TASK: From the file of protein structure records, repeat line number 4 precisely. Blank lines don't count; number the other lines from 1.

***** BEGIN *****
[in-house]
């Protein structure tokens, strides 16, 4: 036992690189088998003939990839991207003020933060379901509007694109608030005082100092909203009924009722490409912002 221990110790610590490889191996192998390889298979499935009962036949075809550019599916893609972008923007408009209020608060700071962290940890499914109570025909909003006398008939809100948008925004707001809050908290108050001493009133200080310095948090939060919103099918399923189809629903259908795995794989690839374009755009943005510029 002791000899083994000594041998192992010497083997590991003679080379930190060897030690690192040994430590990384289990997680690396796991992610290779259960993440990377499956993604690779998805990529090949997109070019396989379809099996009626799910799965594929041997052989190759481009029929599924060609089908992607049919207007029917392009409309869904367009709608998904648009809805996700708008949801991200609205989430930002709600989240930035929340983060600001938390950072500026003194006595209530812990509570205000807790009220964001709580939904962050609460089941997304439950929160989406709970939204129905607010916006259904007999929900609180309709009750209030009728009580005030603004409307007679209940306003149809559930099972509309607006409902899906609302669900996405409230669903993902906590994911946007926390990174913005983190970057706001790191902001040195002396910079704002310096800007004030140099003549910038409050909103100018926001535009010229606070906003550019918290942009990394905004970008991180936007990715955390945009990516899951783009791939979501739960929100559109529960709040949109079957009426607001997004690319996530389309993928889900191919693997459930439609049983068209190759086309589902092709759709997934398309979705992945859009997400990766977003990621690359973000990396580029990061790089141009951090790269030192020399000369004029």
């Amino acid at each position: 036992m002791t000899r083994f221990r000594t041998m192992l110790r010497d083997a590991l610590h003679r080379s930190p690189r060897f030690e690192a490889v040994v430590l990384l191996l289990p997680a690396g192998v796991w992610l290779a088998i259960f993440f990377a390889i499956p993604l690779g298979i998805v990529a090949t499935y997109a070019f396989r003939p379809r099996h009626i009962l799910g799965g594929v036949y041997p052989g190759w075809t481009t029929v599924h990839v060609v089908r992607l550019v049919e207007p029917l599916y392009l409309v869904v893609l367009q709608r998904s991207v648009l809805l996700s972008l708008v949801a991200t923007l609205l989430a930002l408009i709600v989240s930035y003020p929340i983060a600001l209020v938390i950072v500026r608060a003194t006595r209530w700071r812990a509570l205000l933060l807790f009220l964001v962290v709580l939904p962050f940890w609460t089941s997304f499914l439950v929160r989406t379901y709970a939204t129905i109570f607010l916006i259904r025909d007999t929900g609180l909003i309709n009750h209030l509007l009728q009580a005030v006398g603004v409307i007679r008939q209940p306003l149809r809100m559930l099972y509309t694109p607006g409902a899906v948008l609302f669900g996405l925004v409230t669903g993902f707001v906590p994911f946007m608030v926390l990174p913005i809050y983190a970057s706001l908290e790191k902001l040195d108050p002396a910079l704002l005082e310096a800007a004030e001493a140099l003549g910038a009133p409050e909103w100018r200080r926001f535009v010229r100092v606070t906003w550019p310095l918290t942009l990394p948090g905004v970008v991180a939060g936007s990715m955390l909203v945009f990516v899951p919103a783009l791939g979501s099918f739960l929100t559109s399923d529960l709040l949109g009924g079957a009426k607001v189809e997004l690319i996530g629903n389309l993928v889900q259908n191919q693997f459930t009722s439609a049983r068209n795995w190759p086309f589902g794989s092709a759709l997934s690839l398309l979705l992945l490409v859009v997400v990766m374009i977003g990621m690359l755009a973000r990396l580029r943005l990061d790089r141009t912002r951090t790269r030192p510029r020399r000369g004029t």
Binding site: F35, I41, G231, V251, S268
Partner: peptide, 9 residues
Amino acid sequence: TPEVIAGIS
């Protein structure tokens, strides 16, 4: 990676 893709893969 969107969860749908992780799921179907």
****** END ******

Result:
Binding site: F35, I41, G231, V251, S268